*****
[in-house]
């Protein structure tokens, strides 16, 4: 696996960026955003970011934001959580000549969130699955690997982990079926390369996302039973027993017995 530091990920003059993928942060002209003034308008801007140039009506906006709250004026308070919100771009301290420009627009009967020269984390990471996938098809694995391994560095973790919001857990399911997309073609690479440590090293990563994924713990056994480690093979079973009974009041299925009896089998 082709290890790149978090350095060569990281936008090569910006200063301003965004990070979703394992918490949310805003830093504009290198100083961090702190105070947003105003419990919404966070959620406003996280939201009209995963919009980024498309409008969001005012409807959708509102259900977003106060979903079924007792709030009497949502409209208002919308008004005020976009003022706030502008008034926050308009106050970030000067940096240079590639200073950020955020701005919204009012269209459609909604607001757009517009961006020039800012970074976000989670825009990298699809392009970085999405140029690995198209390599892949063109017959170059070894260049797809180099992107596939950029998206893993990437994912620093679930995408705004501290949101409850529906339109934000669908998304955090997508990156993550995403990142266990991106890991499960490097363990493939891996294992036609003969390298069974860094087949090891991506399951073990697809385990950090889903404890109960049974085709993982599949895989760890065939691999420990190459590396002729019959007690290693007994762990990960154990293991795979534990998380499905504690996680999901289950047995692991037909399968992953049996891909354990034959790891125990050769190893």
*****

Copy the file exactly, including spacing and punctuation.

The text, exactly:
[in-house]
């Protein structure tokens, strides 16, 4: 696996960026955003970011934001959580000549969130699955690997982990079926390369996302039973027993017995 530091990920003059993928942060002209003034308008801007140039009506906006709250004026308070919100771009301290420009627009009967020269984390990471996938098809694995391994560095973790919001857990399911997309073609690479440590090293990563994924713990056994480690093979079973009974009041299925009896089998 082709290890790149978090350095060569990281936008090569910006200063301003965004990070979703394992918490949310805003830093504009290198100083961090702190105070947003105003419990919404966070959620406003996280939201009209995963919009980024498309409008969001005012409807959708509102259900977003106060979903079924007792709030009497949502409209208002919308008004005020976009003022706030502008008034926050308009106050970030000067940096240079590639200073950020955020701005919204009012269209459609909604607001757009517009961006020039800012970074976000989670825009990298699809392009970085999405140029690995198209390599892949063109017959170059070894260049797809180099992107596939950029998206893993990437994912620093679930995408705004501290949101409850529906339109934000669908998304955090997508990156993550995403990142266990991106890991499960490097363990493939891996294992036609003969390298069974860094087949090891991506399951073990697809385990950090889903404890109960049974085709993982599949895989760890065939691999420990190459590396002729019959007690290693007994762990990960154990293991795979534990998380499905504690996680999901289950047995692991037909399968992953049996891909354990034959790891125990050769190893």